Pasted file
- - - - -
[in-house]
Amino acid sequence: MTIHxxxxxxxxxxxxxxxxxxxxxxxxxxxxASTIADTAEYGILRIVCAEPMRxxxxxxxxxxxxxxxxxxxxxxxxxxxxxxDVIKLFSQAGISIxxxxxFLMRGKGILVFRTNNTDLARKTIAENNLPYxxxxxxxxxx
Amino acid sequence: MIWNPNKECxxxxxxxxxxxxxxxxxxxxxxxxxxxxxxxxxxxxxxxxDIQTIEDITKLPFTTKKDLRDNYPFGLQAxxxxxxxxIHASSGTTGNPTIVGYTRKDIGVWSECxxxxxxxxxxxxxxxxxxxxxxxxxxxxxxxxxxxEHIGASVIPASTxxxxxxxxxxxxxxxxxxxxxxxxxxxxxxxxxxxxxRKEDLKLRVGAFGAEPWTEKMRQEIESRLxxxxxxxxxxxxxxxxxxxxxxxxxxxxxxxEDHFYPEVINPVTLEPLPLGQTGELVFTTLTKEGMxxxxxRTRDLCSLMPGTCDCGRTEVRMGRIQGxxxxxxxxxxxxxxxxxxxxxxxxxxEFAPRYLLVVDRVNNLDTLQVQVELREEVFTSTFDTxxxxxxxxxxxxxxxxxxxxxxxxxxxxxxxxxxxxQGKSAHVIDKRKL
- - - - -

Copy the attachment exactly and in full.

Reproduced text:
[in-house]
Amino acid sequence: MTIHxxxxxxxxxxxxxxxxxxxxxxxxxxxxASTIADTAEYGILRIVCAEPMRxxxxxxxxxxxxxxxxxxxxxxxxxxxxxxDVIKLFSQAGISIxxxxxFLMRGKGILVFRTNNTDLARKTIAENNLPYxxxxxxxxxx
Amino acid sequence: MIWNPNKECxxxxxxxxxxxxxxxxxxxxxxxxxxxxxxxxxxxxxxxxDIQTIEDITKLPFTTKKDLRDNYPFGLQAxxxxxxxxIHASSGTTGNPTIVGYTRKDIGVWSECxxxxxxxxxxxxxxxxxxxxxxxxxxxxxxxxxxxEHIGASVIPASTxxxxxxxxxxxxxxxxxxxxxxxxxxxxxxxxxxxxxRKEDLKLRVGAFGAEPWTEKMRQEIESRLxxxxxxxxxxxxxxxxxxxxxxxxxxxxxxxEDHFYPEVINPVTLEPLPLGQTGELVFTTLTKEGMxxxxxRTRDLCSLMPGTCDCGRTEVRMGRIQGxxxxxxxxxxxxxxxxxxxxxxxxxxEFAPRYLLVVDRVNNLDTLQVQVELREEVFTSTFDTxxxxxxxxxxxxxxxxxxxxxxxxxxxxxxxxxxxxQGKSAHVIDKRKL